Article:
This is not about netsuke snobbery. If I had to name the Top-10 netsuke in my collection, yes, there would be a Kaigyokusai and a Shoko but it is because they are beautiful to me. The piece I want to be buried with, however, is a roughly-hewn, very worn and perhaps not-very-well-done netsuke that I bought for $400; it is great art to me because it speaks to me (not literally--I am not that far gone yet, no matter what some others might say). Do ittobori carvings speak to you?

Ittobori is clearly skillful, abstract and interpretive. Yet, somehow, it seems to me to be more of a conversation between carver and material to the exclusion of third parties. Impressionism is meant to convey the essence of the artist to the viewer. There is no "impression" without the eyes of the beholder. In ittobori, the audience seems an afterthought. The one-cut Soko Hare is a tour-de force, no doubt and Soko was clearly capable of rendering the subject masterfully in any style he chose. Why he chose ittobori, we will never know,

But, then he was one cut above....



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jbjtennyo
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Postby jbjtennyo » Sun Jan 24, 2016 2:38 pm

Clive, I have not seen "Throw Mama from the Train", but I was very moved by this segment that you have shown us here. It is indeed the warmest of feelings to handle something that allows us to travel back in time, and remember where it came from. This happens for me a lot when I handle or clean my parents antiques--things they said- where they bought them--what they meant to them.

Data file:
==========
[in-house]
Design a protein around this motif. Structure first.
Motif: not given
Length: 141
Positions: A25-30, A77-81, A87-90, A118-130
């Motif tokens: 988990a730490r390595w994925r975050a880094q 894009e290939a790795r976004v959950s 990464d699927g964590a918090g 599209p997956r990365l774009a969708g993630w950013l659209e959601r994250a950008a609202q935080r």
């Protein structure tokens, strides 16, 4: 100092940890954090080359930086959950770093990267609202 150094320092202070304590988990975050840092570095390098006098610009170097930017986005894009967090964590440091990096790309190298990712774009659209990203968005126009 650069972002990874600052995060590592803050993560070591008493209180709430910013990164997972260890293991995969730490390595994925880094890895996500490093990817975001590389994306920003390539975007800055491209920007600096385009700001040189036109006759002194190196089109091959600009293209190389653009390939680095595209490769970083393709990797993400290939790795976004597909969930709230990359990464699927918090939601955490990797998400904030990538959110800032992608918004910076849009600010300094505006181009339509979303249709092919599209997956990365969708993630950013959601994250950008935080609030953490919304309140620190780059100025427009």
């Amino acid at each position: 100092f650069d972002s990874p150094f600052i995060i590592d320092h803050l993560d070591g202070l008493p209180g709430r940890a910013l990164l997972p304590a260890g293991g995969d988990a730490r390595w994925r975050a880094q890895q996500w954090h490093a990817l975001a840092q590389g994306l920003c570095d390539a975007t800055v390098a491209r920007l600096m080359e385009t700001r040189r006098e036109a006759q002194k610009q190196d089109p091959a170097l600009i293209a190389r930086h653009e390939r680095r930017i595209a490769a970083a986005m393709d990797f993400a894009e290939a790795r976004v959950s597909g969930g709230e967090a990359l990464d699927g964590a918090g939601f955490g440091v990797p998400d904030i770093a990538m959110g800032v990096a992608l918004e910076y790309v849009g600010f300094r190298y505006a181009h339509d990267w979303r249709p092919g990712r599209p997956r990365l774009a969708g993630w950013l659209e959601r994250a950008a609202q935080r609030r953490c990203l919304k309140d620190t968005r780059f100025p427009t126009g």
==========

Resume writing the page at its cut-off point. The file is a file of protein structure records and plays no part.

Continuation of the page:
With the netsuke that I have purchased, it is different as those family memories are not attached. But when I hold a netsuke, I can visualize the block of wood, the carver turning it in his hands, checking out the colors and textures, smiling quietly to himself as he sees his work positioned inside that block. If you are very imaginative, you can travel where the netsuke has been, the image of many tumbling it in their hands, in a pensive mood, feeling the surface of it, oops--even dropping in on the ground where it hit a rock and caused that little chip just there. I can see a child picking it up and asking what it is--and dad reaching out and holding it closely in his son's hand, saying "It was my Grandad's netsuke--I remember him wearing it before we had pockets on our pants! Be gentle with it--it is very precious to me".
I think it almost soulful to realize that your carving will live long, be handled and appreciated by so many, and find its way down through time and many lives.

Judy

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Bakurae
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Postby Bakurae » Sun Jan 24, 2016 4:09 pm

A beautiful summation of a major reason why we're here. I'm going to print it and keep it handy. Thanks, Judy.

Alison